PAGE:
The 'Avoid the Peak in Brabant' experiment resulted
in a reduction of more than half the number of peak hour motor
journeys, as well as motorists choosing to keep avoiding peak hour
traffic afterwards. Cycling did not turn out to be a great alternative.
During the last two years motorists in the Eindhoven and
‘s-Hertogenbosch regions could earn from €1.50 to €5 by avoiding the
peak traffic. Some 2300 motorists participated in this trial. The trial
was accompanied by a series of investigations, which showed that 52,6%
of all peak traffic journeys had switched to peak traffic avoidance.
Avoiding the peak during mornings turned out to be consistently more
popular than during evenings.
Participants avoided the peak in various ways. Most motorists chose to
avoid the peak by taking another route away from the city centre. This
group managed to decrease the original amount of peak hour traffic by 22
percent. Motorists choosing to vary their travel times accounted for a
12 percent decrease of peak time journeys.
A relatively small group of people switched to cycling or public
transport. Two percent of journeys that avoided peak traffic were
achieved by motorists starting to cycle or use public transport.
The currently published report does not split travellers into cyclists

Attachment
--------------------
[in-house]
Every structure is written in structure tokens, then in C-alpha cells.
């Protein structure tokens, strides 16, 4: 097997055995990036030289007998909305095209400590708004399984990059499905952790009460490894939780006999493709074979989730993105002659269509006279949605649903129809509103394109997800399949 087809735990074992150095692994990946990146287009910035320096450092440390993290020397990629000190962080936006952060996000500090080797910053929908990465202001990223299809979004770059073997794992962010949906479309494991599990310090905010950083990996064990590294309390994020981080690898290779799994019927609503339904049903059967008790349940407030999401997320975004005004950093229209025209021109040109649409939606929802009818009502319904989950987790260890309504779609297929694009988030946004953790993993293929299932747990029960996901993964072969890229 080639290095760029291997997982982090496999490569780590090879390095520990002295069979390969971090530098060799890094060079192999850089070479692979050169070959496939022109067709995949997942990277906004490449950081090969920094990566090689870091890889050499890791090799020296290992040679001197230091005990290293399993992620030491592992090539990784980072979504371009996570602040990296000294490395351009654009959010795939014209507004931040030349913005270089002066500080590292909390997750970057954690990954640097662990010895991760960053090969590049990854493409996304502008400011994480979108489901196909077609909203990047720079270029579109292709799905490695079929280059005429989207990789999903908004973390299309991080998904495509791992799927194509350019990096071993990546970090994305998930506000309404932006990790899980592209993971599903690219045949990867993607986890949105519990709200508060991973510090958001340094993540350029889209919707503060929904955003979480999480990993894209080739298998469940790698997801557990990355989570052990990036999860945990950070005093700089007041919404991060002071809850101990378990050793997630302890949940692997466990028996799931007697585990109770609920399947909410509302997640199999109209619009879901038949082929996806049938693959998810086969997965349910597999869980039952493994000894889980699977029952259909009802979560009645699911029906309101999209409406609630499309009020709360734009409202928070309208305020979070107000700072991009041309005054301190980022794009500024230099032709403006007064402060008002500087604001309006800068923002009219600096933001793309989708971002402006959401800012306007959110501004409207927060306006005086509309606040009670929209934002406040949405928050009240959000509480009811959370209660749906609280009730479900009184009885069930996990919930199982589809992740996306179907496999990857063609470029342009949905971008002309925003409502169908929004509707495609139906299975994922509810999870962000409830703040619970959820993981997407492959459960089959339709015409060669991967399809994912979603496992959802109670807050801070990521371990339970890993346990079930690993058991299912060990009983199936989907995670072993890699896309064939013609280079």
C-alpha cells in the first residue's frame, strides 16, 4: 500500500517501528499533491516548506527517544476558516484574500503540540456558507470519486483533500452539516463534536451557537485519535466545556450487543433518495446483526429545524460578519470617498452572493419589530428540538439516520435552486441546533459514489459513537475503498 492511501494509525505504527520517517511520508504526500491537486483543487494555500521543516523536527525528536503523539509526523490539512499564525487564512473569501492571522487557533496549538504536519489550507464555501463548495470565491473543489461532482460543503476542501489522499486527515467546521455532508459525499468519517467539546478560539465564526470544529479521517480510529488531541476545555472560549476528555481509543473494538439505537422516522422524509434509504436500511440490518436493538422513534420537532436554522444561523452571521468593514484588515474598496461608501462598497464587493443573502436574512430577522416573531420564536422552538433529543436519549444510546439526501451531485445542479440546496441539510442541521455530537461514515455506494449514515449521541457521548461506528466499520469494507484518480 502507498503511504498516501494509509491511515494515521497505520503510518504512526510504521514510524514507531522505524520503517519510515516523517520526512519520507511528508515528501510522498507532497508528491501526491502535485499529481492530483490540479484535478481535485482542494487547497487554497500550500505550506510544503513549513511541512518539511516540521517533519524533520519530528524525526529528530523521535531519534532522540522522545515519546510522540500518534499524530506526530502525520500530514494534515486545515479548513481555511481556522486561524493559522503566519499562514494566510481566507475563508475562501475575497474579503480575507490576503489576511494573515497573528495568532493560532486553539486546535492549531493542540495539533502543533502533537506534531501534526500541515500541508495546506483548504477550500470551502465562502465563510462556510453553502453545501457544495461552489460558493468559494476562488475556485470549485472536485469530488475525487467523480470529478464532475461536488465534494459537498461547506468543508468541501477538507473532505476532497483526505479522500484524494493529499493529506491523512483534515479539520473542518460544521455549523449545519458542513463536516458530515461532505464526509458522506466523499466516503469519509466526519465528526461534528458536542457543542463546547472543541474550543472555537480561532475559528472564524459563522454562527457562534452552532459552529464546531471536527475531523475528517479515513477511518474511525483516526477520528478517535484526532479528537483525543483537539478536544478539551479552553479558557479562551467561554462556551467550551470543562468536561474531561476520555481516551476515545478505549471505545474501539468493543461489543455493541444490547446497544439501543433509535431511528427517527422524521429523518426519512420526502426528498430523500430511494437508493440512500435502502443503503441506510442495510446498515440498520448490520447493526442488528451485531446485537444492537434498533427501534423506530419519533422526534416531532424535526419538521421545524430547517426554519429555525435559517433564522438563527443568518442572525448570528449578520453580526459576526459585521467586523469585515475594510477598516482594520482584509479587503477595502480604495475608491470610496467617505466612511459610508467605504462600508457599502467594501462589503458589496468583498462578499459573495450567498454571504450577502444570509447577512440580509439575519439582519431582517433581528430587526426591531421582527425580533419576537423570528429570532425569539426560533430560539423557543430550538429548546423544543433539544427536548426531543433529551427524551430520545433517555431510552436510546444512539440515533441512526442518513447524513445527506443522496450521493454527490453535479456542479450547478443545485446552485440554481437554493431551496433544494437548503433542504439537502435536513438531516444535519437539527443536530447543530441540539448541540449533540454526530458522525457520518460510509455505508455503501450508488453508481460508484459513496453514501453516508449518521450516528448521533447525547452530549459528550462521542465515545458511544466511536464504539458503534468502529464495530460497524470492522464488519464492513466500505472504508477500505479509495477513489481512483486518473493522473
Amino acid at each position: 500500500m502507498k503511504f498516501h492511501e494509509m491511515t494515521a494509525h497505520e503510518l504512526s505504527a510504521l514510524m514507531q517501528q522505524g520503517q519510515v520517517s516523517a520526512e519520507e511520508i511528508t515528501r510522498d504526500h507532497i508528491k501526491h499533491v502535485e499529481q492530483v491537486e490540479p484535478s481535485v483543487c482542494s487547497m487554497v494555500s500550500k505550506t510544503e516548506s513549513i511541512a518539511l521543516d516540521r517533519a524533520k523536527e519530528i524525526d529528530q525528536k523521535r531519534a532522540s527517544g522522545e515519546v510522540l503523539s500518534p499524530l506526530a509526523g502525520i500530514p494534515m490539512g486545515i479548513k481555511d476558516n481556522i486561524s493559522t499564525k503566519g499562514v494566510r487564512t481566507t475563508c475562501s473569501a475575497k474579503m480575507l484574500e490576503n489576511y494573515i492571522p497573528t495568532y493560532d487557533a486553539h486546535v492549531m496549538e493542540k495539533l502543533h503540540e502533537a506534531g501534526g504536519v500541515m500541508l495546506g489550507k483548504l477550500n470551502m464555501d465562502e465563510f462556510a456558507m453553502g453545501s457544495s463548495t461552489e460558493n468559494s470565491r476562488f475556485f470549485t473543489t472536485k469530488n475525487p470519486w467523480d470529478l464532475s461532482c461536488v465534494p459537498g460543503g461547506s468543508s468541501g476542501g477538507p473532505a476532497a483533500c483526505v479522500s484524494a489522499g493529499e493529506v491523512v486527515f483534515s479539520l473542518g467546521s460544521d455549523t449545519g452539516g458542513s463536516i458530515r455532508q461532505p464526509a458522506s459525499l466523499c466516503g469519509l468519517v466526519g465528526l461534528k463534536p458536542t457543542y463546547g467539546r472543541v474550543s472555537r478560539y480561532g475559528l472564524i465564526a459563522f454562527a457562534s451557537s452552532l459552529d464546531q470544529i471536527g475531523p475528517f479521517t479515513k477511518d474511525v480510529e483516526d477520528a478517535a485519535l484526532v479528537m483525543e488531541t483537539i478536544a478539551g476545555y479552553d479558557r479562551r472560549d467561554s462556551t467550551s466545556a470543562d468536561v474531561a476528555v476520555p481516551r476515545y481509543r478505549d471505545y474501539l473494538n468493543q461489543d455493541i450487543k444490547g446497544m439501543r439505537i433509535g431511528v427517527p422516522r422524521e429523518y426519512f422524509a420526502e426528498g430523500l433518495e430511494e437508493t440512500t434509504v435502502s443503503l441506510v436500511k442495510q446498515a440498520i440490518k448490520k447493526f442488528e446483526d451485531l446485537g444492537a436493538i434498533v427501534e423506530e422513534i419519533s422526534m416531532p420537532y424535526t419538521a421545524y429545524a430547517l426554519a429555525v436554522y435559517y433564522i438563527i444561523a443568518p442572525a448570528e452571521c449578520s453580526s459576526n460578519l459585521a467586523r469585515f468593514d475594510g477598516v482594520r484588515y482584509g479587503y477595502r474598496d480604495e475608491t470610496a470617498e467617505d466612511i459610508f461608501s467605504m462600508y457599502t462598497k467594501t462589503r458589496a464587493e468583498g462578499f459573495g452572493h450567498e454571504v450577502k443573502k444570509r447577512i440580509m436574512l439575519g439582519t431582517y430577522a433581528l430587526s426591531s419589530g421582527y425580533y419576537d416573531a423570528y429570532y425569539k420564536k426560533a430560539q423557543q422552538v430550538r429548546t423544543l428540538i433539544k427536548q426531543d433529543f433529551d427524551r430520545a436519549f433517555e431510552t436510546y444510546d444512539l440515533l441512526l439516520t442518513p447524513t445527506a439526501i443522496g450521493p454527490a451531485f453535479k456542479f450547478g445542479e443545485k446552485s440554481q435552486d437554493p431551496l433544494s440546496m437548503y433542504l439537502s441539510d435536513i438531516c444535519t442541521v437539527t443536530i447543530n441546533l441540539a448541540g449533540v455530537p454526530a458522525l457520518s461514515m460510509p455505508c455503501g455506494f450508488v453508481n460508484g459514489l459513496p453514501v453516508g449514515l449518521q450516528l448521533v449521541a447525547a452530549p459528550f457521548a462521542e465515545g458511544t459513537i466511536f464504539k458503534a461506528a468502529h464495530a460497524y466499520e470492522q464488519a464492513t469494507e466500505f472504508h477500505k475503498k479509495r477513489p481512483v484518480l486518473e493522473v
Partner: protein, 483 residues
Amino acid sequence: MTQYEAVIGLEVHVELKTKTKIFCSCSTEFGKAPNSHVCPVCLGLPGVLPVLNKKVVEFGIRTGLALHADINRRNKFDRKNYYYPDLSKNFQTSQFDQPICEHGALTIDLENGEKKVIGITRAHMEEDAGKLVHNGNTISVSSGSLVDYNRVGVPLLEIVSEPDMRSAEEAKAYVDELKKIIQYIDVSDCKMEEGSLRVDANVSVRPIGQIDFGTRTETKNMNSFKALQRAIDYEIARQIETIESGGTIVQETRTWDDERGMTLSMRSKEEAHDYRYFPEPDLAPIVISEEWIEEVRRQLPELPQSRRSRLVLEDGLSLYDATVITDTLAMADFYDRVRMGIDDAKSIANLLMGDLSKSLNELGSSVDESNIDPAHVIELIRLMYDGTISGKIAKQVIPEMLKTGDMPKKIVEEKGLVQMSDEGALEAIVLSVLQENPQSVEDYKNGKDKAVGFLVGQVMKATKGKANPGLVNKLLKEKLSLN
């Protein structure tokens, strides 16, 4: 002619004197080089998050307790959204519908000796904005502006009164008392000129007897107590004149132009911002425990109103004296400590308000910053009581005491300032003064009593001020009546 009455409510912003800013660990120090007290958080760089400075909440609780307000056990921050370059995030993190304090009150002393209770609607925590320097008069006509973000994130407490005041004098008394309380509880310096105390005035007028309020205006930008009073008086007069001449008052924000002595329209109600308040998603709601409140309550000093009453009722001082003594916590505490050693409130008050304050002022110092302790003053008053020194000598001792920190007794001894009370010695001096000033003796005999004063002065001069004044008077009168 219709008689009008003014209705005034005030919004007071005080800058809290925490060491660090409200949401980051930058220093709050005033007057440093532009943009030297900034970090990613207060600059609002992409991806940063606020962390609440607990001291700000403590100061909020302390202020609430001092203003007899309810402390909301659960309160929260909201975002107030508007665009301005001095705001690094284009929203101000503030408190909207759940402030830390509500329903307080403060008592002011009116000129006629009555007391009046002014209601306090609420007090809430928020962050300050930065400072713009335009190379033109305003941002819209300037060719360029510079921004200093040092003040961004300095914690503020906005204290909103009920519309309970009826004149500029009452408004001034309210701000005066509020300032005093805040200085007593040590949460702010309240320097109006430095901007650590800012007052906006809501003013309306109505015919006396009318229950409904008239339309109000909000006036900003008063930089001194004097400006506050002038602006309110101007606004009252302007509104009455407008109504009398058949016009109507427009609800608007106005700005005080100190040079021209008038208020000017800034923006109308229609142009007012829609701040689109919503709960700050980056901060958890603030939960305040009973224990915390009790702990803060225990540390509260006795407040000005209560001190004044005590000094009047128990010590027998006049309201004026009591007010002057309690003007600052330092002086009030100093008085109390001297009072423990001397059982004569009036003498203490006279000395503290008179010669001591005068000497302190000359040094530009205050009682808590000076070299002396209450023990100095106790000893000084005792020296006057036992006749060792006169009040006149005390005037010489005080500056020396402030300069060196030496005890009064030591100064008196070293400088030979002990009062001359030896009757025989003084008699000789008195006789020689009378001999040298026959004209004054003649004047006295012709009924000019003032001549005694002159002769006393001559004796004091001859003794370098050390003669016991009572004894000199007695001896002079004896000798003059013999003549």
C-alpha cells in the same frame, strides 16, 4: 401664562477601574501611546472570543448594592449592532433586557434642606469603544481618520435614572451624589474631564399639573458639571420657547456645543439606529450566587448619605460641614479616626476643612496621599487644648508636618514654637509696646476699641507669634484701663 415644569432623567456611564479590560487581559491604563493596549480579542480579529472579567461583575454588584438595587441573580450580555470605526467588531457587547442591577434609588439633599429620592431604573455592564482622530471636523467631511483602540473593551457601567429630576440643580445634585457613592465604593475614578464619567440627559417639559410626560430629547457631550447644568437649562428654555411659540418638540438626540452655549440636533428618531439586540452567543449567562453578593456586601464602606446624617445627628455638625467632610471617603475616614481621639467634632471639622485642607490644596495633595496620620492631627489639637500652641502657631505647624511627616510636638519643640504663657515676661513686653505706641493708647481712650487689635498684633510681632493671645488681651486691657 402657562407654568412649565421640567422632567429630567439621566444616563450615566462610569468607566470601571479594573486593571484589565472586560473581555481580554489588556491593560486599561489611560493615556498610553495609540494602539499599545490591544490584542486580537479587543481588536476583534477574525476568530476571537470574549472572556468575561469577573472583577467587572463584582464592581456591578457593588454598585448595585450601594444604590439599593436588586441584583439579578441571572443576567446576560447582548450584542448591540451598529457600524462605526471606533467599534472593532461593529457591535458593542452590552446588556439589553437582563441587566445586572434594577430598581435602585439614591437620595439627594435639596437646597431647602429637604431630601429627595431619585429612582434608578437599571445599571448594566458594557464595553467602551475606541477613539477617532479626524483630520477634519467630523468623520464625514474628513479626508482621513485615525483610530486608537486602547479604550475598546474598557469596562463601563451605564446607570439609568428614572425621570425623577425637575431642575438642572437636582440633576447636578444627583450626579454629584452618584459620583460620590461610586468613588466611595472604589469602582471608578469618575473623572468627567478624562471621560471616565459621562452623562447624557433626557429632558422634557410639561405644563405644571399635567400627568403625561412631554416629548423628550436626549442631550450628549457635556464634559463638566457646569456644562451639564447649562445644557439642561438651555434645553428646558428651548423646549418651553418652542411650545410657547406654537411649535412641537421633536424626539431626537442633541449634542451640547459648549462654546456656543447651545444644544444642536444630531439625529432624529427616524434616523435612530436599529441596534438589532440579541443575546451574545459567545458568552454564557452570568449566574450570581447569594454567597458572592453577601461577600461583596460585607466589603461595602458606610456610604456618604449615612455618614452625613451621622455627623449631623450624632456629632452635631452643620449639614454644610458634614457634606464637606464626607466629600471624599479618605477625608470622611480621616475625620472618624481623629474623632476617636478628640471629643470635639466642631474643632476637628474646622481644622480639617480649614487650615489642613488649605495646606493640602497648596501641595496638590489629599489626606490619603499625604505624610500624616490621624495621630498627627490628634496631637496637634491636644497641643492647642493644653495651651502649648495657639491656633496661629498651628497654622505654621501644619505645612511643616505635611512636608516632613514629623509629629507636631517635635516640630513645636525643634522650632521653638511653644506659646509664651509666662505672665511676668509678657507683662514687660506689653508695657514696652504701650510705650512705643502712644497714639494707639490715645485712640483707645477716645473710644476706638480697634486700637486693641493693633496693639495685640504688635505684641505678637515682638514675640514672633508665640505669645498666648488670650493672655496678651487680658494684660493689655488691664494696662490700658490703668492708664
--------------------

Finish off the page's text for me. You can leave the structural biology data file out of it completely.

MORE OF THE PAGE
and public transport users, although it does mention that avoiding the
peak by cycling was especially attractive for people living close to
their work. 80% of people who switched to cycling lived less than 15
kilometres (by car) from their work. Also, the commuter distance by car
(the fastest route) can differ a lot from the (shortest) route by bike.
The fastest route may be 20% to 50% longer than the shortest route. The
average commuter distance by bike was about 8 kilometres: half an hour’s
cycling. The same distance would take 5-10 minutes by car; so on
average the cycling alternative takes 15-20 minutes longer than the same
journey by car.
Moreover, the percentage of avoided peak traffic journeys by bike varied
enormously, clearly in response to the seasons. During autumn and
winter months cycling decreased by almost 20 percent.
Four months after the end of the experimental period (during which
people were rewarded for avoiding peak traffic), participants were again
observed to see how often they still avoided peak traffic. Contrary to
expectations, participants continued to avoid 47 percent of peak traffic
journeys compared to 53 percent during the experiment.